Monday, June 17, 2019

The Role of Women in Organizations Essay Example | Topics and Well Written Essays - 3750 words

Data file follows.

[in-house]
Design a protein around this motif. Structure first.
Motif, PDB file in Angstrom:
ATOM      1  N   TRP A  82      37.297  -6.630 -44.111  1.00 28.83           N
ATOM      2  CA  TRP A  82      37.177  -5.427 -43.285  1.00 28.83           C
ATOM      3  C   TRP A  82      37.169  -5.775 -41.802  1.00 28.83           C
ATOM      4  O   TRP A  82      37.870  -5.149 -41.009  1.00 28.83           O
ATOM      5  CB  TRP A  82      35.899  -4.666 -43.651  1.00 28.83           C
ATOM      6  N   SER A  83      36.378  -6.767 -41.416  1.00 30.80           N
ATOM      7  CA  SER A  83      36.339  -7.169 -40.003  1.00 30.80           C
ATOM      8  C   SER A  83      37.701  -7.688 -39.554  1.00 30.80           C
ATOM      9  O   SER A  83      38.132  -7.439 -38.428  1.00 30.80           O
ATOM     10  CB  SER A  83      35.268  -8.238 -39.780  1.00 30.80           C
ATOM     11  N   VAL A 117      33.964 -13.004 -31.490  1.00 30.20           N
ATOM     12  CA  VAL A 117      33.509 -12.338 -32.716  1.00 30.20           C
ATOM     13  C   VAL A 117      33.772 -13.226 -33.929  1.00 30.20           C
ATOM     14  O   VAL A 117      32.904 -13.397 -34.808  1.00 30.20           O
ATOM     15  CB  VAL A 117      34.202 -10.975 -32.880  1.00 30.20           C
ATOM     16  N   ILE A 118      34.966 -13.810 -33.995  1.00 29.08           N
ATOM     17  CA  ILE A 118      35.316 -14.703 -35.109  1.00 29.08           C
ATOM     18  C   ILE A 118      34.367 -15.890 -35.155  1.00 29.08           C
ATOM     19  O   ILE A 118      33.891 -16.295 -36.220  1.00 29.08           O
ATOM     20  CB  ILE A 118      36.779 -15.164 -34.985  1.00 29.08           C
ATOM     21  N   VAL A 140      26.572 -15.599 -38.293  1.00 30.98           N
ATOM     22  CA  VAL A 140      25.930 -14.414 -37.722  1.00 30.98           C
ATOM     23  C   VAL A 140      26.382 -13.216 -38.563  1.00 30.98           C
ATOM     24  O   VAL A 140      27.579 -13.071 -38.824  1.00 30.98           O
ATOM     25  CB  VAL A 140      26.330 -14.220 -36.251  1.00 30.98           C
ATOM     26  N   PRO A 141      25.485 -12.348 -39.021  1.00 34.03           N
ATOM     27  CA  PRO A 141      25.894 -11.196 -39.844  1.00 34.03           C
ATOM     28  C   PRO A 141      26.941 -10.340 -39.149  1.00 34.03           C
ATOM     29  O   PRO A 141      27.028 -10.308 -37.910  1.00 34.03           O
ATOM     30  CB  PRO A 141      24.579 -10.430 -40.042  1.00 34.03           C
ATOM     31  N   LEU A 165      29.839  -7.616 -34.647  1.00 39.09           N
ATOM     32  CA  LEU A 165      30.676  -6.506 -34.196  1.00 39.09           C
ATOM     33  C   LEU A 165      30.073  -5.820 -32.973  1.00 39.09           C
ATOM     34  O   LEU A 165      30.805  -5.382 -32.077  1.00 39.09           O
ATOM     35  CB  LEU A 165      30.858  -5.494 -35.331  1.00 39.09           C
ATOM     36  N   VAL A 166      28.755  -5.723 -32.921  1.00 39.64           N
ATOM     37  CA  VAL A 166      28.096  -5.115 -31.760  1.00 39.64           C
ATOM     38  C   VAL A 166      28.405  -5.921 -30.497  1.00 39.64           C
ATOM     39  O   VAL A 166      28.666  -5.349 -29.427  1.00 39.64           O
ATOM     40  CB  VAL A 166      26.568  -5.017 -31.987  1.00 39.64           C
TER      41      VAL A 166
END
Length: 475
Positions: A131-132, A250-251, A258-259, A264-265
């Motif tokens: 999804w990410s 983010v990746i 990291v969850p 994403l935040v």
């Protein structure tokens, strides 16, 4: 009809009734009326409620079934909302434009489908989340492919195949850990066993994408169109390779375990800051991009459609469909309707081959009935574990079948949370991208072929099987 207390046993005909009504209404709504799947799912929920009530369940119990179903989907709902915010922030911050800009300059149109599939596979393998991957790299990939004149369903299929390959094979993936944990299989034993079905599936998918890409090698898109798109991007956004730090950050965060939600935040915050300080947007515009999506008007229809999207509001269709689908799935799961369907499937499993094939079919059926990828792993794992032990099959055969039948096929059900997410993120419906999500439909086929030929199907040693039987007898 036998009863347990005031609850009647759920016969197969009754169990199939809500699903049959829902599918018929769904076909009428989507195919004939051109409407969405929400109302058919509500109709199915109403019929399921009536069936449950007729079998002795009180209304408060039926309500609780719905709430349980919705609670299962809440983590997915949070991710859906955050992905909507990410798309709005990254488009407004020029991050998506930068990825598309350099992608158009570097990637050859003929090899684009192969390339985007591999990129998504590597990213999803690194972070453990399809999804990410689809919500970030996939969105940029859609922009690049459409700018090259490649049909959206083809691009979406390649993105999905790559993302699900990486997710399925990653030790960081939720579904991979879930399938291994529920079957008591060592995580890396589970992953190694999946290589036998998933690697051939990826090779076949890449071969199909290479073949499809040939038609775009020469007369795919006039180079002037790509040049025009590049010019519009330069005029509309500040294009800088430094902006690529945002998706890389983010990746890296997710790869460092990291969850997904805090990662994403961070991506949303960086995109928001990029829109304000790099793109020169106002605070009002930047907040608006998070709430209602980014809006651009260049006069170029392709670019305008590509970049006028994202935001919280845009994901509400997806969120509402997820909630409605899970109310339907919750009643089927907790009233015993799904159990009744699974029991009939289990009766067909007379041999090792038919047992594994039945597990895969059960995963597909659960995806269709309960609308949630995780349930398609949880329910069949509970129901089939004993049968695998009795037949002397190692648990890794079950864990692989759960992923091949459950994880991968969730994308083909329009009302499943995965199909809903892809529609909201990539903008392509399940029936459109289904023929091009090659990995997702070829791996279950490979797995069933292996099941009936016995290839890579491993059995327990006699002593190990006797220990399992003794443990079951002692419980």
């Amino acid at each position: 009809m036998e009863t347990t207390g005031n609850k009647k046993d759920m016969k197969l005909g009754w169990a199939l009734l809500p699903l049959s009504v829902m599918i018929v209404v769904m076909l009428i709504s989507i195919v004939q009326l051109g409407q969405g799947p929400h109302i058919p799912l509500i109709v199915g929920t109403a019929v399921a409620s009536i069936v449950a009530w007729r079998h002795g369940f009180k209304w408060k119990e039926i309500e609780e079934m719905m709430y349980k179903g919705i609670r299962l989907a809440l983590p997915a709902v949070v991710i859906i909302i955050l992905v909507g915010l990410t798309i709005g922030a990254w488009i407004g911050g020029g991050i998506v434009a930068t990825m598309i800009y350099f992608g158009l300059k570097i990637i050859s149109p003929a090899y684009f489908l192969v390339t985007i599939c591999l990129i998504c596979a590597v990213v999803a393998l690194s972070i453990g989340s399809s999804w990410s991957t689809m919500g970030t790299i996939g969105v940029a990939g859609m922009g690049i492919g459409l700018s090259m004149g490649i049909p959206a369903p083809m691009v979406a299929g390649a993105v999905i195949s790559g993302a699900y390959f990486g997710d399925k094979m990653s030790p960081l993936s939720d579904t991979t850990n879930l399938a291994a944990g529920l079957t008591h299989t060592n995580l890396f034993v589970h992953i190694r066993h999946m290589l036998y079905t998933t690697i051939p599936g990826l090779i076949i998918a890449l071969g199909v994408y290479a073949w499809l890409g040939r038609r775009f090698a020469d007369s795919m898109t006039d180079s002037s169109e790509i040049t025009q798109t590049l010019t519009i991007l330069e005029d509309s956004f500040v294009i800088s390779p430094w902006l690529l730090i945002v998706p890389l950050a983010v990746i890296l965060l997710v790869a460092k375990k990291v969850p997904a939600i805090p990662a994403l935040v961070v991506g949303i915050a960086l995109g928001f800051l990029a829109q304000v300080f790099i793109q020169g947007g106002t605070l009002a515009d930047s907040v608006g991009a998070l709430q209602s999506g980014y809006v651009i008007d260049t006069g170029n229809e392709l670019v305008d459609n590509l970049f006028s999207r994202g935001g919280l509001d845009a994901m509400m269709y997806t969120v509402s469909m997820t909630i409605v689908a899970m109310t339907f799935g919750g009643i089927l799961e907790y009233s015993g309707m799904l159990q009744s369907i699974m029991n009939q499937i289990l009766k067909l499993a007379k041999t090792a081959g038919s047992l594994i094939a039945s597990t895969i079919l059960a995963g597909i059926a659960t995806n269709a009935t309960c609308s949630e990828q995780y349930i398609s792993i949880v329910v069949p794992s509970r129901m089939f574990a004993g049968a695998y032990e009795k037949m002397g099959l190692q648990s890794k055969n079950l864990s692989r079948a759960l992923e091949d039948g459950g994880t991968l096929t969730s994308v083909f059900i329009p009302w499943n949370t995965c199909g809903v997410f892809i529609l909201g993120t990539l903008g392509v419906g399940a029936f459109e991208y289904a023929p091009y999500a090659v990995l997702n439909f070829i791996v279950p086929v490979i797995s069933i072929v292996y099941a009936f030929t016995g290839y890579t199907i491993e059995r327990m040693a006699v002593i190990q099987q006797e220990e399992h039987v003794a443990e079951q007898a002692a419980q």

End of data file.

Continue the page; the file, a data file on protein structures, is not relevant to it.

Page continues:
The Role of Women in Organizations - Essay ExampleIn 1980s businesswomen became a almighty force in the European and US economy. The transition to post-industrial society boosted structural changes in the economy and rapid development in the services sector. Women were opening a multitude of service enterprises, which grew and gained public recognition. Society had to admit that small business was made for women. A study, conducted by Coates in Britain, showed that, while women represented a third of all overall respondent managers, they nevertheless lone(prenominal) represented 4.3% of executive positions against 9.9% of men. By far the largest single group overall was middle managers (47%), even here only 25 of the women studied had attained this level. The vast majority of women were thus junior managers (Coates, 1997).Women atomic number 18 now more than 1% of the Fortune 500 CEOs, yet investigate shows that companies with the highest percentage of women at the top financial ly outperform those with the lowest number of women at the top. Companies run by women are as financially sound and credi iirthy as the typical firm in the U.S. economy and are more likely to remain in business than the average US firm. In 1987 two million female-owned businesses had $25bn in sales. One year later, five million female-owned businesses had $83bn in sales.Around the world, women-owned firms comprise between one-quarter and one-third of the businesses in the formal economy and are likely to play an even greater role in informal sectors. In Japan, the number of women managers is still small (around 300,000), but it has more than doubled over the past 10 years.In Australia, the proportion of women working in their own business is also growing. Women working in their own business in Australia numbered 216,300 in 1983-84 and 272,400 in 1989-90, an increase of approximately 26 per cent (Milojevic).Why does it happen that companies with women occupying senior positions perf orm better than those with male leaders One of the reasons may be that womens leadership style, based on openness, trust, sociability, interest in people, caring, ongoing education, compassion and collaboration. Women are more likely to succeed because of their natural qualities and because they admit they need encourage and surround themselves with good people they are cautions, strategic risk takers, whose

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